The Sketch: Cameron deploys the honesty policy

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[Legal warning: this column may require nausea suppressants]

David Cameron excelled himself at PMQs; he may yet succeed in his David and Goliath endeavour (you always want to bet on Goliath). But there's an unexpected element in his approach that may be the deadly factor. Honesty, deployed tactically, may be the best policy after all. I had thought that he should support the education reforms but then pull back at the last minute to engineer a defeat. But then that would make him look bad, or weak; he has pledged himself to support the Bill: his public utterance may be the best guide to his intentions. That really hadn't occurred to me.

The possibility that he means what he says has also thrown the Prime Minister off balance. At the end of the education exchanges, Mr Blair launched into a long and frankly boring recital of the Opposition's policy evolution (cries of "Order!" were ignored by the Speaker). This is unlike our silvery premier; it smacked of desperation (we don't expect that).

And Cameron had a rather deft answer to charge of inconsistency: Tony Blair had been "soak the rich and ban the bomb, now he's sucking up to the rich and dropping bombs!" Tory delight and Labour silence. Abuse very rarely works for the abuser, as we know; this worked marvellously well.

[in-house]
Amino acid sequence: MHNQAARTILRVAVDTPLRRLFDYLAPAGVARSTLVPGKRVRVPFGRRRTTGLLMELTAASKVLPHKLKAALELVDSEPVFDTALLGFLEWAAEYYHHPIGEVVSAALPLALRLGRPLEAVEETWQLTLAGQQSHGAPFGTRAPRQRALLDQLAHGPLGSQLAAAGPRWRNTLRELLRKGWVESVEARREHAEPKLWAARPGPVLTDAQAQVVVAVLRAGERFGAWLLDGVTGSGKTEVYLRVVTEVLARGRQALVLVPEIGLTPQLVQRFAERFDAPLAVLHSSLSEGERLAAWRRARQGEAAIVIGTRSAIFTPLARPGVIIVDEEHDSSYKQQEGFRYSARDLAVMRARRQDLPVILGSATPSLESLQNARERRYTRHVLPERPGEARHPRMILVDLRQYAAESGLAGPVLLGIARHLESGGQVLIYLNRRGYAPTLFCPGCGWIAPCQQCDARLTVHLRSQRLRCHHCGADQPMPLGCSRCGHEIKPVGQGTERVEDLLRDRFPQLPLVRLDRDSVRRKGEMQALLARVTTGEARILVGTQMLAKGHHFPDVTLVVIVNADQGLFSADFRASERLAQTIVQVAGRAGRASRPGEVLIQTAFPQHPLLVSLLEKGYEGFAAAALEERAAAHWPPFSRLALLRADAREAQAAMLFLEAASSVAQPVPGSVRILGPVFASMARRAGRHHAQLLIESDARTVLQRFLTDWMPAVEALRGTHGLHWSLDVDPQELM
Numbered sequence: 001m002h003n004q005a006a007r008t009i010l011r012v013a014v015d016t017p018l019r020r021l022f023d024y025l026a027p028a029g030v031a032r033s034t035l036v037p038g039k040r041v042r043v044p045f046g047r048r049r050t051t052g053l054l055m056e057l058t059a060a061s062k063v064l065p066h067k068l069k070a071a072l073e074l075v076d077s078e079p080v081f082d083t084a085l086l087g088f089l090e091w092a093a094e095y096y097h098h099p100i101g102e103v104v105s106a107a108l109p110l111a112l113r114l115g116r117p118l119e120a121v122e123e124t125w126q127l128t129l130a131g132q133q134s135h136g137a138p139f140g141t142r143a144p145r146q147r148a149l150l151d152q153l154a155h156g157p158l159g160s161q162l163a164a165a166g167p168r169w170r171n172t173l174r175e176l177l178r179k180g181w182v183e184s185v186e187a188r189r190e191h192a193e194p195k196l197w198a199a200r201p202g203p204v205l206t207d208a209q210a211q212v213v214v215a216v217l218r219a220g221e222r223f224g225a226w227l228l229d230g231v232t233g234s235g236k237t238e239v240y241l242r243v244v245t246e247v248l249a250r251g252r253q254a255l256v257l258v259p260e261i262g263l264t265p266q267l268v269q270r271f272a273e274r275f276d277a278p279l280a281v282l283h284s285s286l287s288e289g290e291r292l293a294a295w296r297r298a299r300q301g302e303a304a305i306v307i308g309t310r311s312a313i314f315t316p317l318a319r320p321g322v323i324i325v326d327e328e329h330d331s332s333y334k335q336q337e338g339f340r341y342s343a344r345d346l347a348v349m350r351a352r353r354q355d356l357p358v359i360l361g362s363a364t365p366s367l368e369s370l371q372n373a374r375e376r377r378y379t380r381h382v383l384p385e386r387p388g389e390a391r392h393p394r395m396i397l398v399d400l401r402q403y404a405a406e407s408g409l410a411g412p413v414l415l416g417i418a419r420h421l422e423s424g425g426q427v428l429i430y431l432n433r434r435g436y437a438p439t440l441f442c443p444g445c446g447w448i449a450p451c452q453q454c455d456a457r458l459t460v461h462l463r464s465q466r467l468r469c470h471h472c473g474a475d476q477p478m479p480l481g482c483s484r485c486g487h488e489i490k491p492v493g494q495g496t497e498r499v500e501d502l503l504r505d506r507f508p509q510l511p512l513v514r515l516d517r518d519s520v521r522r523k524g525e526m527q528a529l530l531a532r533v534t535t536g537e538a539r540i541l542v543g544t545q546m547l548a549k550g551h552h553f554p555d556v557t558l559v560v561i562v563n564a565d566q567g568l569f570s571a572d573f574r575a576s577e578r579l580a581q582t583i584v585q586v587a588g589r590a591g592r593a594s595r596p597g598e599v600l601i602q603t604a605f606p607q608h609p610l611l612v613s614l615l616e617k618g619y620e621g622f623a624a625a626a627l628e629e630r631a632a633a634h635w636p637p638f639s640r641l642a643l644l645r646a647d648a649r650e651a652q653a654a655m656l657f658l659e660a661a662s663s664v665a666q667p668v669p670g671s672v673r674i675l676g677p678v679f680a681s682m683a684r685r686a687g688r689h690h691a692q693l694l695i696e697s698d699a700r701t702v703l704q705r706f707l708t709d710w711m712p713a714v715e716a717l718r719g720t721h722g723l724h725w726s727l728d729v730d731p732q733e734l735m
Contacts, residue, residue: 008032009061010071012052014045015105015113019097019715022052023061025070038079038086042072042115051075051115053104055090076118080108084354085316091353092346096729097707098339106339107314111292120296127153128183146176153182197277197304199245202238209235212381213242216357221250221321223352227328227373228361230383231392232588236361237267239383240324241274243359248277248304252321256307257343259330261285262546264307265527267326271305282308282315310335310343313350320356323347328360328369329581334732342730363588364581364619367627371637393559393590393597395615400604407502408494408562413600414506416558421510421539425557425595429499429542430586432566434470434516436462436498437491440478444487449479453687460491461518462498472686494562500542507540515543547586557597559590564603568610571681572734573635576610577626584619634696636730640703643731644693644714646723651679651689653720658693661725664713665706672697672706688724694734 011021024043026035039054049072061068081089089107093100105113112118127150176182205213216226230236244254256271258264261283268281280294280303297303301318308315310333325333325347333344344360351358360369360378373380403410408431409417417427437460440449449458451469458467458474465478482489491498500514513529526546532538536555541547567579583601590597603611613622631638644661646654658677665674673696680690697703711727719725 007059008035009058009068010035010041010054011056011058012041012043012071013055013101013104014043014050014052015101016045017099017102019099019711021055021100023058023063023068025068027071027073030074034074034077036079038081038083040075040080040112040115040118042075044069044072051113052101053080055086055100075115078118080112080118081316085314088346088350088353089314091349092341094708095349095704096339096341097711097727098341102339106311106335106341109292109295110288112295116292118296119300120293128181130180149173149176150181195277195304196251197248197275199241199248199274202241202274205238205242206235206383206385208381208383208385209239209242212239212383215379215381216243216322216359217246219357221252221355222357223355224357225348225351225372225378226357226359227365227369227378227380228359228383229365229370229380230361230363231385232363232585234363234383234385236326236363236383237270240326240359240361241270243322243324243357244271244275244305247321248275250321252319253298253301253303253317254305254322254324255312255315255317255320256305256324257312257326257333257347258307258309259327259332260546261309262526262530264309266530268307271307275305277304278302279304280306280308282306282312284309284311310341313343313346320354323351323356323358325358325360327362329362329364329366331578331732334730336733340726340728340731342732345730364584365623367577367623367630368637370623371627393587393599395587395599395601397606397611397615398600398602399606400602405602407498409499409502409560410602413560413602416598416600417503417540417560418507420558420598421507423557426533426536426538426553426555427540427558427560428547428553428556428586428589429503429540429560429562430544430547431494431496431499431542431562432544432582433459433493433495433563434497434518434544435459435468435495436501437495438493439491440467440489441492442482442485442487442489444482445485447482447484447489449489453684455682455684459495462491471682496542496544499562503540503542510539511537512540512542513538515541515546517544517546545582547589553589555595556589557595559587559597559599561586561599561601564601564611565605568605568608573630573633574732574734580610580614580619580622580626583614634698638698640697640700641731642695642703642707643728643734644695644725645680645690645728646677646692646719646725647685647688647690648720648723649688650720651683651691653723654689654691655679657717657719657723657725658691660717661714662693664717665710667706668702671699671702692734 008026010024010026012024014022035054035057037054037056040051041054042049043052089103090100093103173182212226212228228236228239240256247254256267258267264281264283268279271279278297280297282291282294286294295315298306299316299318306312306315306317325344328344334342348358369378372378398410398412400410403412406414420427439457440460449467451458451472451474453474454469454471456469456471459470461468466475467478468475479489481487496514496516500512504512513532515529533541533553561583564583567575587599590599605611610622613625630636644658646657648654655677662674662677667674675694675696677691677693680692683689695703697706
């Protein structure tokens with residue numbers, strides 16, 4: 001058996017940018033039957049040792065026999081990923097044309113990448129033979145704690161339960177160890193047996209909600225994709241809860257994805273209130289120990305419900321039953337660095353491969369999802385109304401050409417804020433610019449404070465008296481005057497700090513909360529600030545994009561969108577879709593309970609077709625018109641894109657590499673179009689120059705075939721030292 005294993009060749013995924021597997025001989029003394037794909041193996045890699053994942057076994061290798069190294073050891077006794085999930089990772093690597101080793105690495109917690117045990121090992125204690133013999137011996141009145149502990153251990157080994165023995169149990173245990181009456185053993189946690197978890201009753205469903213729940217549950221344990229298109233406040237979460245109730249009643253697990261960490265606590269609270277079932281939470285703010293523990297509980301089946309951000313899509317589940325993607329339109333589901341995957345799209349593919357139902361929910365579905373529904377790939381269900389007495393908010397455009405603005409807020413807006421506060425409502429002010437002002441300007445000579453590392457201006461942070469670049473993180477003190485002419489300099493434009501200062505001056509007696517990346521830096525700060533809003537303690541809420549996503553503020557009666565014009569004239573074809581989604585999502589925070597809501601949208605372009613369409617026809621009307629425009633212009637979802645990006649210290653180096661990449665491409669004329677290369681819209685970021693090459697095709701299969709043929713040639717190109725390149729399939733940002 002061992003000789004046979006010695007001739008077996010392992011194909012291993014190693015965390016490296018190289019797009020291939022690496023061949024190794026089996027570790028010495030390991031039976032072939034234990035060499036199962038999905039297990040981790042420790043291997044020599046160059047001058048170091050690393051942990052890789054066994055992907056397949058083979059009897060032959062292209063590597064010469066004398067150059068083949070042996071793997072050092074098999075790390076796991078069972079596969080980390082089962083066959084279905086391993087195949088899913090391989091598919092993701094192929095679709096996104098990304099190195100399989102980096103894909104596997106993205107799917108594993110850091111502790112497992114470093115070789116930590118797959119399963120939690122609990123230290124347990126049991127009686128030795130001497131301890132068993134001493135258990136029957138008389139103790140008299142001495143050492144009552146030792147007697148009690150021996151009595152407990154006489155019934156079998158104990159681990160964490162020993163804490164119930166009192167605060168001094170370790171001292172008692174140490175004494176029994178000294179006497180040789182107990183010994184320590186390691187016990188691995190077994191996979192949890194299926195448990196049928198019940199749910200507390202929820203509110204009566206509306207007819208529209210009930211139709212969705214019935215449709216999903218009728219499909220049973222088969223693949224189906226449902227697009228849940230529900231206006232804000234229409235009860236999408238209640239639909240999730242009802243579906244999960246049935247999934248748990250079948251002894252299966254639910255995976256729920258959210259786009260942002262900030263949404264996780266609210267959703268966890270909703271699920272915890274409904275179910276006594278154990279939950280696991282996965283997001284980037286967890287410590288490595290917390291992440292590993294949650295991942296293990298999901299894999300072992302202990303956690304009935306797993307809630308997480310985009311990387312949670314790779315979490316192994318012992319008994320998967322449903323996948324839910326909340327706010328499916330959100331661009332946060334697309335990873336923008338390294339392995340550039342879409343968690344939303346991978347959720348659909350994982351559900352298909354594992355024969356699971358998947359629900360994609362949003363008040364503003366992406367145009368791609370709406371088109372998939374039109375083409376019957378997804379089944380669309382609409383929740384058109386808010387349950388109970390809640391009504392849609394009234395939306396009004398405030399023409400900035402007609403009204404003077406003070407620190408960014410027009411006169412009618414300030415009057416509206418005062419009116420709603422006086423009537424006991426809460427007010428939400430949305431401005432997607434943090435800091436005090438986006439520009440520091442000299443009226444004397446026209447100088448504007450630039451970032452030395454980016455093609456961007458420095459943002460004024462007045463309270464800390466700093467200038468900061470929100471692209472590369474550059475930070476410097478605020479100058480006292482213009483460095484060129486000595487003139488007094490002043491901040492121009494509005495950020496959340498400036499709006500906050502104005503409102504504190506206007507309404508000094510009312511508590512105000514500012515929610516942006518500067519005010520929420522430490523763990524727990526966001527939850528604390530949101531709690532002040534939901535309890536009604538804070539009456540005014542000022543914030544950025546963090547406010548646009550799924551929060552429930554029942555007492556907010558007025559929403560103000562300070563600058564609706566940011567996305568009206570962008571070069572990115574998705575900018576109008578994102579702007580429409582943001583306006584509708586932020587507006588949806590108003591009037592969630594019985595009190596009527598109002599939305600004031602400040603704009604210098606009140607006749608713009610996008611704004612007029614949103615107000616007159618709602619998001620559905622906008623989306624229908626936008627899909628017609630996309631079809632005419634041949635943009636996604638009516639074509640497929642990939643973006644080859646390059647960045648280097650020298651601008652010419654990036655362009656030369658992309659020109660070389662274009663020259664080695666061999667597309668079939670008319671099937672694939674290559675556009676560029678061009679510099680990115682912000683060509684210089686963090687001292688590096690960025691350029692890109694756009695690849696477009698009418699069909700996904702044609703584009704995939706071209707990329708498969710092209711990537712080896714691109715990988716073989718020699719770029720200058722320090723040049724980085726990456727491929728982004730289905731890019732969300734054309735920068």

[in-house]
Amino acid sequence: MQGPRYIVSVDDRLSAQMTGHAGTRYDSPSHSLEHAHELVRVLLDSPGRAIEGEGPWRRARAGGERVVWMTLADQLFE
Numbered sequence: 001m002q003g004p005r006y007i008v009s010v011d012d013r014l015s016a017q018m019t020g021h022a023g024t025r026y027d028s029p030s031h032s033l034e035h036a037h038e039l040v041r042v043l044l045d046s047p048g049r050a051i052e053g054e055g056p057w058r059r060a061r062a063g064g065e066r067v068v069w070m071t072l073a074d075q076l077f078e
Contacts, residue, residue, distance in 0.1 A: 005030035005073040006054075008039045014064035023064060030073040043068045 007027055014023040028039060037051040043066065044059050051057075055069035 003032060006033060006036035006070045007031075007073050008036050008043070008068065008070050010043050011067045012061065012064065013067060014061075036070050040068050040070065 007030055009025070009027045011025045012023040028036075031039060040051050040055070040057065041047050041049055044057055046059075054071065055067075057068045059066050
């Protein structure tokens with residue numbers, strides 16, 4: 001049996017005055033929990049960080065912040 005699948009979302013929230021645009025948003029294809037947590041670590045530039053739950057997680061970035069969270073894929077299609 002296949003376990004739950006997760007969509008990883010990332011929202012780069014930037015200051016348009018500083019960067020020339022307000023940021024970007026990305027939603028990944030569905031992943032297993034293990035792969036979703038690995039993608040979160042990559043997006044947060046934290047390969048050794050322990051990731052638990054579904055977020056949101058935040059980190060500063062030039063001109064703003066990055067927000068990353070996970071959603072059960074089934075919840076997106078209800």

The teasing, public school tone helped. Cameron deployed two or three fatal phrases: "Does the Prime Minister agree that he should not compromise with people who think creating good schools is a bad idea?"

And yet more viciously, "Will the Prime Minister accept our support in the division lobby so that he can put the whole of his Bill to the House?"

Ah, this is where the magic is. The silence from Labour was golden.

It's hard for backbench Tories to understand the effect of their leader's strategy; not because they're stupid but because they are such an attractive and companionable body of men and women. The idea that they are profoundly repulsive to anyone is one that simply doesn't compute. They look in their morning mirror and see a clubbable, worldly-wise individual whose only fault may be a slight excess of integrity, generosity and high intellect... Labour looks at the same individual and sees a vast, ambulatory wart.

For Labour, consorting with Tories is the worst social or professional experience they could possibly have. It will be like finding a leper in the lobby. Trying to kiss you. Trying to French-kiss you. Albeit with only partial tongue-work [I did warn you]. Those Labour rebels will be coming out of the division lobby heaving and retching. It is they who will need the nausea-suppressants. And they may refuse to take it again.